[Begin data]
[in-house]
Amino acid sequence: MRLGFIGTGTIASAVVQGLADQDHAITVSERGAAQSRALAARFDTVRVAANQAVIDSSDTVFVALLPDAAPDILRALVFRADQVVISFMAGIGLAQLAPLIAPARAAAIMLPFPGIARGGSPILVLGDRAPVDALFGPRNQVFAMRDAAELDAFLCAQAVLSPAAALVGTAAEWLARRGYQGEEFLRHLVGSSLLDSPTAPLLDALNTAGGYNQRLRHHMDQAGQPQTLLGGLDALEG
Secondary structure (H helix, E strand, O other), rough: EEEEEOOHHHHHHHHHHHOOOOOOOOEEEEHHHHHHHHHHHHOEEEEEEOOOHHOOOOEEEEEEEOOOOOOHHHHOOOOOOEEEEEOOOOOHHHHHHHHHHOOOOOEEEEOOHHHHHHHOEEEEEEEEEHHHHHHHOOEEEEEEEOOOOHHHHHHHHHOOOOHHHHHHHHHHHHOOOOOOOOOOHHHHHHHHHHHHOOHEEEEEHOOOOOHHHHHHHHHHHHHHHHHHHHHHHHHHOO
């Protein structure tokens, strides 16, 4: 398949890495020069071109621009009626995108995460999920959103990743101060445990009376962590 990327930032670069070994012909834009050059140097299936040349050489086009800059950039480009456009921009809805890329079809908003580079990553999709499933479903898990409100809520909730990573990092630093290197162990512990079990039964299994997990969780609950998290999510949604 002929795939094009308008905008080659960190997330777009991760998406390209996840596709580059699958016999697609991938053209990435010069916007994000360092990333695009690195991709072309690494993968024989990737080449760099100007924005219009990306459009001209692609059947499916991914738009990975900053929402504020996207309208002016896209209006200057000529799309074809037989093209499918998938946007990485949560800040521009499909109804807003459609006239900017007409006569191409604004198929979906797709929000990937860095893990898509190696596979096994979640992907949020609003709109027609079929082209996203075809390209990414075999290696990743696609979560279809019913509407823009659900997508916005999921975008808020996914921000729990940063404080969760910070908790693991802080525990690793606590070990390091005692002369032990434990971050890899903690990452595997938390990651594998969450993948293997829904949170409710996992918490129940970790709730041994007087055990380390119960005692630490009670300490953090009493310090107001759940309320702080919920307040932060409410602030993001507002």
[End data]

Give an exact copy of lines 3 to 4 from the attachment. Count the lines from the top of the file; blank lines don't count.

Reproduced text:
Secondary structure (H helix, E strand, O other), rough: EEEEEOOHHHHHHHHHHHOOOOOOOOEEEEHHHHHHHHHHHHOEEEEEEOOOHHOOOOEEEEEEEOOOOOOHHHHOOOOOOEEEEEOOOOOHHHHHHHHHHOOOOOEEEEOOHHHHHHHOEEEEEEEEEHHHHHHHOOEEEEEEEOOOOHHHHHHHHHOOOOHHHHHHHHHHHHOOOOOOOOOOHHHHHHHHHHHHOOHEEEEEHOOOOOHHHHHHHHHHHHHHHHHHHHHHHHHHOO
């Protein structure tokens, strides 16, 4: 398949890495020069071109621009009626995108995460999920959103990743101060445990009376962590 990327930032670069070994012909834009050059140097299936040349050489086009800059950039480009456009921009809805890329079809908003580079990553999709499933479903898990409100809520909730990573990092630093290197162990512990079990039964299994997990969780609950998290999510949604 002929795939094009308008905008080659960190997330777009991760998406390209996840596709580059699958016999697609991938053209990435010069916007994000360092990333695009690195991709072309690494993968024989990737080449760099100007924005219009990306459009001209692609059947499916991914738009990975900053929402504020996207309208002016896209209006200057000529799309074809037989093209499918998938946007990485949560800040521009499909109804807003459609006239900017007409006569191409604004198929979906797709929000990937860095893990898509190696596979096994979640992907949020609003709109027609079929082209996203075809390209990414075999290696990743696609979560279809019913509407823009659900997508916005999921975008808020996914921000729990940063404080969760910070908790693991802080525990690793606590070990390091005692002369032990434990971050890899903690990452595997938390990651594998969450993948293997829904949170409710996992918490129940970790709730041994007087055990380390119960005692630490009670300490953090009493310090107001759940309320702080919920307040932060409410602030993001507002």